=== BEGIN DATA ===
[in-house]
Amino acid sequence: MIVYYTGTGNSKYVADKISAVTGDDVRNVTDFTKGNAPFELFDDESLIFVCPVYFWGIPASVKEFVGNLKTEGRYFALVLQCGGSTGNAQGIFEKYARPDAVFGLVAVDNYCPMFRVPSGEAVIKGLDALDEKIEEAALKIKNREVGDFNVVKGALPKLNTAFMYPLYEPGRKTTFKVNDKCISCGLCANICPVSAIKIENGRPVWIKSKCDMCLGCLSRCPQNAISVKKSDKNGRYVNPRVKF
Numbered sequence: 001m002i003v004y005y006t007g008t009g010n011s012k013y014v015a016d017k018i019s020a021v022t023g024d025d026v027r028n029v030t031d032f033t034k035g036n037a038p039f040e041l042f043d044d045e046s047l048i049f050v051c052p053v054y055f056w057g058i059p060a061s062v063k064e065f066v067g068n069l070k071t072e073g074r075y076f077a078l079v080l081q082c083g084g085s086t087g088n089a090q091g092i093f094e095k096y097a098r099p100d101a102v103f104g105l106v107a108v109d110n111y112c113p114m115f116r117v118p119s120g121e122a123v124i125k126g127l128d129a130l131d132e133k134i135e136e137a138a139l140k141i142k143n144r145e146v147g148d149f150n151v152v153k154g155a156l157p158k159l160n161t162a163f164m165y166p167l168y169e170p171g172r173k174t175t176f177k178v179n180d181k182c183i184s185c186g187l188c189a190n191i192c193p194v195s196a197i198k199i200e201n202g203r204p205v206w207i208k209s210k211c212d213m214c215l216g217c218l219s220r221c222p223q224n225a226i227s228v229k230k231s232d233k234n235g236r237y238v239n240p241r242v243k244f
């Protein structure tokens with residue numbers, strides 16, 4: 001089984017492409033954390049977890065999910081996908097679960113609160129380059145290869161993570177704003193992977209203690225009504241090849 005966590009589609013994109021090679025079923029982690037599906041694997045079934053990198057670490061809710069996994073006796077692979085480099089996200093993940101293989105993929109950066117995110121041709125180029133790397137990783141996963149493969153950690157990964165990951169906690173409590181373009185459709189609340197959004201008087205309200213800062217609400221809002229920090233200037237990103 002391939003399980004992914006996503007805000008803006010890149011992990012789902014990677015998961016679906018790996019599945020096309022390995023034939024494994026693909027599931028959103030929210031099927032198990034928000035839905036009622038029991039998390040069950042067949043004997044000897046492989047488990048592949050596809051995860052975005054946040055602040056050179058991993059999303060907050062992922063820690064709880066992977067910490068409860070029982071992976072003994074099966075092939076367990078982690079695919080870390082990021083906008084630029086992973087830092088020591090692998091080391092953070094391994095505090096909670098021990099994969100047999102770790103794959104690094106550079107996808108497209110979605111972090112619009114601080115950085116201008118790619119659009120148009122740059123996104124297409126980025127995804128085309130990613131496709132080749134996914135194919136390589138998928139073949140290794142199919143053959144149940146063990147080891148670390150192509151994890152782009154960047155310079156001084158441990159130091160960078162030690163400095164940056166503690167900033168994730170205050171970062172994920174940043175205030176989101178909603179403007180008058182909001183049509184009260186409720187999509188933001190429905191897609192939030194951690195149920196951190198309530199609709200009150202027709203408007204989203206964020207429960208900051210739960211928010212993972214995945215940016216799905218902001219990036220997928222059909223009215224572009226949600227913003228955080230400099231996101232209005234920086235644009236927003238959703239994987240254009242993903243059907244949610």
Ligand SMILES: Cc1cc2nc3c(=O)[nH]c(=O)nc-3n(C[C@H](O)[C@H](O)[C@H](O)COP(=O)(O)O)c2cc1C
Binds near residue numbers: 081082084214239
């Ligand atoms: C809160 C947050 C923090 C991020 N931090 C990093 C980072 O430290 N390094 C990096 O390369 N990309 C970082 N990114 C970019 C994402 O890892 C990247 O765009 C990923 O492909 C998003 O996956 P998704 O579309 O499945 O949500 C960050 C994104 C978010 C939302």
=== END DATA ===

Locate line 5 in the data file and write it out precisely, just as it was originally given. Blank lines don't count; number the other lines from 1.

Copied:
Ligand SMILES: Cc1cc2nc3c(=O)[nH]c(=O)nc-3n(C[C@H](O)[C@H](O)[C@H](O)COP(=O)(O)O)c2cc1C